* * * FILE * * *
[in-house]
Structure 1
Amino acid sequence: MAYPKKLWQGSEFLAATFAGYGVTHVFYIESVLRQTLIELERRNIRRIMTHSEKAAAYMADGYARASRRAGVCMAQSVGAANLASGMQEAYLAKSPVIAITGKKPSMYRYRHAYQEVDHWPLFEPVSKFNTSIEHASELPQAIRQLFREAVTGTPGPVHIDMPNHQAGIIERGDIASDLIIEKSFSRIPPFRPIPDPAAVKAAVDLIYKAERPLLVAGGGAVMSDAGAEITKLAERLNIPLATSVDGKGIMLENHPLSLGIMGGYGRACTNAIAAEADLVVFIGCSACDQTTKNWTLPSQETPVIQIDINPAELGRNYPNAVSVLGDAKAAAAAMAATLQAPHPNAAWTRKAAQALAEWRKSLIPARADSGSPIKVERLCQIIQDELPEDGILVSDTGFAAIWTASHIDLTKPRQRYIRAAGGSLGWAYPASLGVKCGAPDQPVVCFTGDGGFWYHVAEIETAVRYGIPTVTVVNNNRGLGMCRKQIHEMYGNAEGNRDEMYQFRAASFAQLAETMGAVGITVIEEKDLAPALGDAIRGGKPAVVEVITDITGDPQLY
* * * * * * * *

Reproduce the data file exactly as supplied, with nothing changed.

[in-house]
Structure 1
Amino acid sequence: MAYPKKLWQGSEFLAATFAGYGVTHVFYIESVLRQTLIELERRNIRRIMTHSEKAAAYMADGYARASRRAGVCMAQSVGAANLASGMQEAYLAKSPVIAITGKKPSMYRYRHAYQEVDHWPLFEPVSKFNTSIEHASELPQAIRQLFREAVTGTPGPVHIDMPNHQAGIIERGDIASDLIIEKSFSRIPPFRPIPDPAAVKAAVDLIYKAERPLLVAGGGAVMSDAGAEITKLAERLNIPLATSVDGKGIMLENHPLSLGIMGGYGRACTNAIAAEADLVVFIGCSACDQTTKNWTLPSQETPVIQIDINPAELGRNYPNAVSVLGDAKAAAAAMAATLQAPHPNAAWTRKAAQALAEWRKSLIPARADSGSPIKVERLCQIIQDELPEDGILVSDTGFAAIWTASHIDLTKPRQRYIRAAGGSLGWAYPASLGVKCGAPDQPVVCFTGDGGFWYHVAEIETAVRYGIPTVTVVNNNRGLGMCRKQIHEMYGNAEGNRDEMYQFRAASFAQLAETMGAVGITVIEEKDLAPALGDAIRGGKPAVVEVITDITGDPQLY